Pakistan Fall In Corona Death Rates Mystery For Experts

The fall in recorded cases was at first met with widespread scepticism because it coincided with a fall in testing. International officials complained the reduction in tests meant it was impossible to track the spread, while opposition parties accused the government of fiddling testing rates to deliberately hide the prevalence of the disease.

Pakistan Fall In Corona Death Rates Mystery For Experts

Two months after Pakistan appeared headed for a sky-rocketing COVID-19 outbreak, case numbers and death tolls have fallen in what doctors say is a welcome, but puzzling drop in the disease. While neighbouring India has raced up the world ranking for countries badly hit by the new coronavirus, Pakistan is heading in the other direction, British media reported on Friday.

A young population, robust immune systems and a system of localised “smart” lockdowns have all been touted as reasons for the fall, but health officials admit the reasons remain unclear.

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“One ought to have a little humility in this,” said Dr Faisal Sultan, an infectious diseases expert who worked as Prime Minister Imran Khan’s adviser for COVID-19.

“There are always great unknowns in science and epidemiology and complex social sciences and interactions. If anyone says they really know a final answer, they are wrong.”

The fall in recorded cases was at first met with widespread scepticism because it coincided with a fall in testing. International officials complained the reduction in tests meant it was impossible to track the spread, while opposition parties accused the government of fiddling testing rates to deliberately hide the prevalence of the disease.

There was also concern that stigma from the disease and the prospect of enforced quarantine made potential patients reluctant to come forward for testing.

Pakistan is still only testing around 0.1 people per thousand, compared to six times that in India. Yet other measures, including the proportion of tests registering positive as well as hospital admissions have also fallen.

“The situation now is not like June where we knew if testing was more, we could have recorded more cases,” said one international official helping the response in Pakistan.

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“Now, the positivity rate at the same rate of testing is much much lower confirming a very reduced rate of transmission.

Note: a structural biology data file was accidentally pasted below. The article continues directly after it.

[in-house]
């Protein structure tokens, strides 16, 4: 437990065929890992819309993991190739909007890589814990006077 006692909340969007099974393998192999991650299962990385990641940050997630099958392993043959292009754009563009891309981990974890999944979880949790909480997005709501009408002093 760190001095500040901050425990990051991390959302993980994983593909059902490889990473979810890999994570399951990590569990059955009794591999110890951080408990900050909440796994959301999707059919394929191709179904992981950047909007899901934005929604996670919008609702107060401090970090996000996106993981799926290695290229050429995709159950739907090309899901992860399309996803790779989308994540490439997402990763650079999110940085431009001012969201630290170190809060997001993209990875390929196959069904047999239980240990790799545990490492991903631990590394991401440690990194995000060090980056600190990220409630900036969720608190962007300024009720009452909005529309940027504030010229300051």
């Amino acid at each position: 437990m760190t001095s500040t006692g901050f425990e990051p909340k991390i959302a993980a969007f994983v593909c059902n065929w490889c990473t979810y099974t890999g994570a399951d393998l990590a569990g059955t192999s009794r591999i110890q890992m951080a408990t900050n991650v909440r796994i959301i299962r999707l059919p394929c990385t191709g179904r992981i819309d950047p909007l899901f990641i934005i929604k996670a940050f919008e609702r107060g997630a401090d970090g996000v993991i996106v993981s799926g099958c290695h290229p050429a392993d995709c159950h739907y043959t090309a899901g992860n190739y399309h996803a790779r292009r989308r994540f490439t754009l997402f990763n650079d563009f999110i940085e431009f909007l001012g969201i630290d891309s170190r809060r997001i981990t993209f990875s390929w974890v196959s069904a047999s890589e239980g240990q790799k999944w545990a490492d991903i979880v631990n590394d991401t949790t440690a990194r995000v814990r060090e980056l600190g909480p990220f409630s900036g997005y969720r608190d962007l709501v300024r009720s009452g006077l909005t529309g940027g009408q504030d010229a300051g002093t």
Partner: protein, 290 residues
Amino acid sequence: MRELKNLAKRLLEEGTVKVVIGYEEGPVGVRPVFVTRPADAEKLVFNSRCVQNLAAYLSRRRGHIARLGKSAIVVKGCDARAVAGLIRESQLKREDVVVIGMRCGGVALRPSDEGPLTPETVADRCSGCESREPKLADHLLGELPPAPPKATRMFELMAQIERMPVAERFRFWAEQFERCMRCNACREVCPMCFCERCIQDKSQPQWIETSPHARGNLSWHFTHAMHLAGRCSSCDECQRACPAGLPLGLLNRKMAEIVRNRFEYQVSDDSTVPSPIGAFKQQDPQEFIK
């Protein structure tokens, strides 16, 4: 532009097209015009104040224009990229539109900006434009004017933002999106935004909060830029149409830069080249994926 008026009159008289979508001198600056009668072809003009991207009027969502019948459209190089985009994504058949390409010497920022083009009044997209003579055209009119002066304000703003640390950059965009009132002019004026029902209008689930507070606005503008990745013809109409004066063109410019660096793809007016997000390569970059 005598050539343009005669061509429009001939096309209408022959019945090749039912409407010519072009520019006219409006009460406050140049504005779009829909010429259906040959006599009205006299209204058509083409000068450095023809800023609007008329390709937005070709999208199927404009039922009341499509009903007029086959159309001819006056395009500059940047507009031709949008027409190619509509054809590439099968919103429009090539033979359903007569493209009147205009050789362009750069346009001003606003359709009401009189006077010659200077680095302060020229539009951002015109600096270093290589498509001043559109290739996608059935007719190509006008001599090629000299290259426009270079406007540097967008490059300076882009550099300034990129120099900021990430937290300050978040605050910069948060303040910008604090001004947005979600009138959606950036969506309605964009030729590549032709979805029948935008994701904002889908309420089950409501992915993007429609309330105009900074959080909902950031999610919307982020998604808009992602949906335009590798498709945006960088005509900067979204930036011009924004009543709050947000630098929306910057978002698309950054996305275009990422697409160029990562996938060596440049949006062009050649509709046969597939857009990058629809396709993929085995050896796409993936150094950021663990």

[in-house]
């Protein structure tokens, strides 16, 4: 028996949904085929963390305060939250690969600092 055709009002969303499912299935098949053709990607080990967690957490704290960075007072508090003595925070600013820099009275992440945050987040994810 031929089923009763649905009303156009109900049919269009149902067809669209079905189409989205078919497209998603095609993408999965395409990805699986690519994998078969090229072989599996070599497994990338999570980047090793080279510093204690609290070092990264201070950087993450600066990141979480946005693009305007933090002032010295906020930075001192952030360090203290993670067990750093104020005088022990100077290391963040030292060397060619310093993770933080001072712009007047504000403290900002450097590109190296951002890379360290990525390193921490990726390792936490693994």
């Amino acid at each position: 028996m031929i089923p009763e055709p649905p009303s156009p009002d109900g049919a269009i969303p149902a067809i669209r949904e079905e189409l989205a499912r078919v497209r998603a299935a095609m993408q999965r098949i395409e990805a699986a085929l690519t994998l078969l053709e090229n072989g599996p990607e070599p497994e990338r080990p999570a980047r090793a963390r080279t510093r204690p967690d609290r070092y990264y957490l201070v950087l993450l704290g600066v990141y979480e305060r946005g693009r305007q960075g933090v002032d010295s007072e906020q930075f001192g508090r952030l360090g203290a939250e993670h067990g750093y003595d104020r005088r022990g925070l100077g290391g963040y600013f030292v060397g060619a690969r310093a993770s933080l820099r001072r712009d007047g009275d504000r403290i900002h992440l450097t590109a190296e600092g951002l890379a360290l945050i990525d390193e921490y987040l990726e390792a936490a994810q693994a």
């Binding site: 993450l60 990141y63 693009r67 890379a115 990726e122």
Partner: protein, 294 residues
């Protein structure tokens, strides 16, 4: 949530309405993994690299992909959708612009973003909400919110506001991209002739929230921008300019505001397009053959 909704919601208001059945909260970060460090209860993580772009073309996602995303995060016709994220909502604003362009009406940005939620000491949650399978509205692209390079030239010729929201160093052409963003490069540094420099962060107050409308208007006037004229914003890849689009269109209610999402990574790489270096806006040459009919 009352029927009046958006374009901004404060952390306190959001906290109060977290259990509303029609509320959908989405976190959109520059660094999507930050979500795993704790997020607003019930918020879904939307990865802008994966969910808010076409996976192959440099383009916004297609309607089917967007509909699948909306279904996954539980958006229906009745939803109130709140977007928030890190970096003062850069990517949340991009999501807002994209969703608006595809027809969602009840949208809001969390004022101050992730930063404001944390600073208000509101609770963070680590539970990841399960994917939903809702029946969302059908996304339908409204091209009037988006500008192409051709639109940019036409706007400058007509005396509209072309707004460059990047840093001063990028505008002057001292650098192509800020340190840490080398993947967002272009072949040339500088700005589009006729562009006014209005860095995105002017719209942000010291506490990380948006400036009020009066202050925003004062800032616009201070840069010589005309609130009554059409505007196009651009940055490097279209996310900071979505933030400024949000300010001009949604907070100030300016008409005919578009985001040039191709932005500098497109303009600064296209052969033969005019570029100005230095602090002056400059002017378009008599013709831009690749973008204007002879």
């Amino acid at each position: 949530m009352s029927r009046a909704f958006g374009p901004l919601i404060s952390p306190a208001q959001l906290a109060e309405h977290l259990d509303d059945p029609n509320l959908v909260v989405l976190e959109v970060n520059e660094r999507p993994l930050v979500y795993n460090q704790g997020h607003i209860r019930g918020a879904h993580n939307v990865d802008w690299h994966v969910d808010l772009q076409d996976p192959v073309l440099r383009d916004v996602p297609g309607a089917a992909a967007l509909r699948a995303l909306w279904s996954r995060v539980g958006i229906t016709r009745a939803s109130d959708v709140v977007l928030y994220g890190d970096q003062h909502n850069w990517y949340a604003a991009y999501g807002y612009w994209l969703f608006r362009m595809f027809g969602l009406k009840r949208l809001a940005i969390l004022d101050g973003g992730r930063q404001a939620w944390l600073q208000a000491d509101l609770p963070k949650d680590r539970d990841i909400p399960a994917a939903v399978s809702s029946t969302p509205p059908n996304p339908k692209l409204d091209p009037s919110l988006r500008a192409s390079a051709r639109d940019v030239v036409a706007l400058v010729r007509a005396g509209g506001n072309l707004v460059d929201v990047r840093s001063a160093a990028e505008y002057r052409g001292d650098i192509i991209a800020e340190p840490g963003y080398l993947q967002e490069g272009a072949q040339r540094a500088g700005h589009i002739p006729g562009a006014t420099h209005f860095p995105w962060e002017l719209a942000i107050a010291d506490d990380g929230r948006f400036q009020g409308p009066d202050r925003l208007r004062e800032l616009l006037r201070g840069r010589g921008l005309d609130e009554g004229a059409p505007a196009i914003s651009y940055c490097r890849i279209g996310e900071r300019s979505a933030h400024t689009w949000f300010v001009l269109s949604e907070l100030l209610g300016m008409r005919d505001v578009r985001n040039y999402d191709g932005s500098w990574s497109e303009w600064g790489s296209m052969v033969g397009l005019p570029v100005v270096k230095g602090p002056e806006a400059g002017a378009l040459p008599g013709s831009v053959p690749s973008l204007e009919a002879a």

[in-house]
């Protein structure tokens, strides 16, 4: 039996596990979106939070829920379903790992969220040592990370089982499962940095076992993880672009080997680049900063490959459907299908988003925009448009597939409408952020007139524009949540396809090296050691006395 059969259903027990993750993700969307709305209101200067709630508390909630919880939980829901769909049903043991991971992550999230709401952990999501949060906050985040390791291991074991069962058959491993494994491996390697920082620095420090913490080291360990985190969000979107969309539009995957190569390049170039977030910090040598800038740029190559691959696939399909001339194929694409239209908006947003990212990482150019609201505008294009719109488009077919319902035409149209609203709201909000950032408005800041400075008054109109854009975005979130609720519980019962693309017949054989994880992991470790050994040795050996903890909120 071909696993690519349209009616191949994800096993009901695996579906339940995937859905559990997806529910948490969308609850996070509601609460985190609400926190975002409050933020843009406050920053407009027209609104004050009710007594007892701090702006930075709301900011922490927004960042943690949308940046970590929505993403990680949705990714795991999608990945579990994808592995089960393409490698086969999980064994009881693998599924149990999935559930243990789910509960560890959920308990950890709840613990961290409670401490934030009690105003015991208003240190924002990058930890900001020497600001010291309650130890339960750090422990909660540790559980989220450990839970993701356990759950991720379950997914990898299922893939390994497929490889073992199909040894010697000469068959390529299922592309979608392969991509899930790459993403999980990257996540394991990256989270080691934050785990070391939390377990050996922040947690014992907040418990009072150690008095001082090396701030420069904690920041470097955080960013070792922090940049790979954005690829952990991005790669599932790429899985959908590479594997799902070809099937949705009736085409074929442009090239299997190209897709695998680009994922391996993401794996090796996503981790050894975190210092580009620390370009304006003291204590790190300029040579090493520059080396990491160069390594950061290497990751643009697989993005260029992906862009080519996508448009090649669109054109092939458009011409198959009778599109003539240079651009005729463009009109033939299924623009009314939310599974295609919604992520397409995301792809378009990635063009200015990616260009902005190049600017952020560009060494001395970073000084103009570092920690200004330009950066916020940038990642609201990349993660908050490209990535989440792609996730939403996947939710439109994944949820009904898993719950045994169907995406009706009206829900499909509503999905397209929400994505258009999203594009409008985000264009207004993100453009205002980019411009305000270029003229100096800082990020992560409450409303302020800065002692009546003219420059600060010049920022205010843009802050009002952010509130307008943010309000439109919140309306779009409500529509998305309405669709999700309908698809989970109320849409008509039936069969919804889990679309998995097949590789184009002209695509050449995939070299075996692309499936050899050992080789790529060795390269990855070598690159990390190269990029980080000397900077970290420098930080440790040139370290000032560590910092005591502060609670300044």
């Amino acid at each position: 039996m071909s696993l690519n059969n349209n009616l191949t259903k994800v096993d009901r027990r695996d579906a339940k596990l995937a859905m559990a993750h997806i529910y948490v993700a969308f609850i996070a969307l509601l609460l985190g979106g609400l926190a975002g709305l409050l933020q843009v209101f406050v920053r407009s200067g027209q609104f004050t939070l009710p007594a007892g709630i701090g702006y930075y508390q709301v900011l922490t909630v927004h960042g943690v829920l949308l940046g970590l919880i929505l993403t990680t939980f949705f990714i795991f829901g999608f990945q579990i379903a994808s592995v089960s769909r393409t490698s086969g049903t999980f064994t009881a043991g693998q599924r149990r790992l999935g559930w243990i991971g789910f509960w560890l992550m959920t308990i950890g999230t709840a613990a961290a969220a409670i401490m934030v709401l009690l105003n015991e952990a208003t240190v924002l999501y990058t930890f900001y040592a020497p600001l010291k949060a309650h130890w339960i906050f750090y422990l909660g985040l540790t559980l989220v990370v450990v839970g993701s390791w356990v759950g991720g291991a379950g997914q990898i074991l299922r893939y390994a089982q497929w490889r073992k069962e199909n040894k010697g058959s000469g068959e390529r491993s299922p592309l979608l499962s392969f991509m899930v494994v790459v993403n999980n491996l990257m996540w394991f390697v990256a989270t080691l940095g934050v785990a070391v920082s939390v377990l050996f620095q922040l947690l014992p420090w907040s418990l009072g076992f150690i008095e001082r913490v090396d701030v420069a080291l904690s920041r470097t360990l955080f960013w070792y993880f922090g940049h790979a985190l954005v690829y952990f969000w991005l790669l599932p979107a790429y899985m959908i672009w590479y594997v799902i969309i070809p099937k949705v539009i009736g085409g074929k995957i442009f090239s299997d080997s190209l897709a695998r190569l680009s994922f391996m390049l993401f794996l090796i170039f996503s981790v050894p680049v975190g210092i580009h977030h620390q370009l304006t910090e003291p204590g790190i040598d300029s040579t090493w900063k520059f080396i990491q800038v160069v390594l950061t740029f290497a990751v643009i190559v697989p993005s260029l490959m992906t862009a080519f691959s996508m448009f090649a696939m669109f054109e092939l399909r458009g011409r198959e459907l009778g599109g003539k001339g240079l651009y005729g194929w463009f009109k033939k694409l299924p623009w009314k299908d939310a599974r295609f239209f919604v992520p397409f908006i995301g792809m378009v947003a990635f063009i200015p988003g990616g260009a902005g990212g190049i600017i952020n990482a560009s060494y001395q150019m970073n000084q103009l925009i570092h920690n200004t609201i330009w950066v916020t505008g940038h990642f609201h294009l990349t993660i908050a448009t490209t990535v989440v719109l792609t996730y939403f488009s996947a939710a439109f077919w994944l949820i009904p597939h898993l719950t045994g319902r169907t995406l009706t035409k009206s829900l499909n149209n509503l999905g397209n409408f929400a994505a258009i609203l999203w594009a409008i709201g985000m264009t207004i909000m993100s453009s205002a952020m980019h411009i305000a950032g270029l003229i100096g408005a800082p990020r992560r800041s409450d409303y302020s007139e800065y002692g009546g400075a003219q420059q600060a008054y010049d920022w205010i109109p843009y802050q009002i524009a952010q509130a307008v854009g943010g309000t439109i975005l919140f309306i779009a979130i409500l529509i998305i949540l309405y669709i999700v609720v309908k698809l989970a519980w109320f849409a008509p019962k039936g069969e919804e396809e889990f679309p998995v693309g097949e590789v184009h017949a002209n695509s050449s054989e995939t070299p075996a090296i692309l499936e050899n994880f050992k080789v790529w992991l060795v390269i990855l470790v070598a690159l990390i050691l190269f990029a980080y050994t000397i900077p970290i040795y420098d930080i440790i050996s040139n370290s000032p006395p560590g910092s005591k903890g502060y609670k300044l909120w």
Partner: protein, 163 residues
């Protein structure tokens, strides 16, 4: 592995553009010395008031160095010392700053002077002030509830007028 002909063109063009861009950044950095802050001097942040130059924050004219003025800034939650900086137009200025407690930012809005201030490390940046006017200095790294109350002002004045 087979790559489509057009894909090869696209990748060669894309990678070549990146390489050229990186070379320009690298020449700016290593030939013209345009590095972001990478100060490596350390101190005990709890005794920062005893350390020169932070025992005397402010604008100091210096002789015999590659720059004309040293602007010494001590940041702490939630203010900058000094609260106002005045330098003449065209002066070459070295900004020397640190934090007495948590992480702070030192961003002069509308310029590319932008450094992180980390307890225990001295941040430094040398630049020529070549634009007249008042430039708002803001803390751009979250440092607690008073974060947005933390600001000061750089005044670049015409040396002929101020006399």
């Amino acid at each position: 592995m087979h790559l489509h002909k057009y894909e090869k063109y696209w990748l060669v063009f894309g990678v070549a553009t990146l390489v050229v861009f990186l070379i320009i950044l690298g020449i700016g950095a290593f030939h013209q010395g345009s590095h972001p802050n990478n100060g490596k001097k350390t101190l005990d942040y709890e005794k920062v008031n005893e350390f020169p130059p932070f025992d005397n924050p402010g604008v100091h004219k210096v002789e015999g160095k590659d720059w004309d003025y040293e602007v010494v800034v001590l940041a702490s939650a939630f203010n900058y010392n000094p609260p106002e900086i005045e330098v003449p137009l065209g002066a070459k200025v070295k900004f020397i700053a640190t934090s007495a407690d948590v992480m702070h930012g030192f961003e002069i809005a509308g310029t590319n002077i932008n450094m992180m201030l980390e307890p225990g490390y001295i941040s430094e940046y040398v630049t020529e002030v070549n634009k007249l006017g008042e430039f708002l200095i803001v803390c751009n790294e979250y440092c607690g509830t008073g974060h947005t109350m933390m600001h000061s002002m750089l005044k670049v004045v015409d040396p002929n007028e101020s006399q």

“We have a bit of an unexplained situation,” the official said.

Pakistan’s official toll is thought to be a significant overall undercount, and some sick may still be avoiding hospitals, but the downward trend still appeared genuine, officials said.

Dr Faisal Mahmood, an associate professor of infectious diseases at the Aga Khan University, said he thought the fall in cases was real, “but the reasons for this are not terribly clear at this point”.

“I think it’s a little bit of many things. Part of it is we are just lucky and the age distribution of the country is such that we were expected to have as many severe cases as you would expect in say the US, or Italy or the UK.”

Pakistan may have benefited from its outbreak getting going later, when hard lessons on how to treat patients and save lives had already been learned, he said.

The surge in cases after May’s Eid celebrations may also have saturated small, mobile super-spreading groups that were then unable to infect others as they recovered and gained immunity.

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Dr Sultan said the decision to join up the different provincial responses into a national coordination centre set up with extensive military help, may have made the difference. The set-up allowed officials to get accurate data from the provinces and then act on it, he said.

The PTI government has also hailed its smart-lockdown system of localised shutdowns which avoided a lengthy national hibernation. Neighbourhoods were supposed to be sealed up when cases rose above a certain level. But here too, their effect is unclear. There were widespread reports of people able to move freely in and out of supposedly sealed areas.

Dr Sultan said despite the promising signs, he remained cautious.

“At the end of the day I keep reminding people that this is like smouldering embers and the embers are there. You provide them with fuel and with a little bit of oxygen, they will flare up,” he said.

Originally published at The news international

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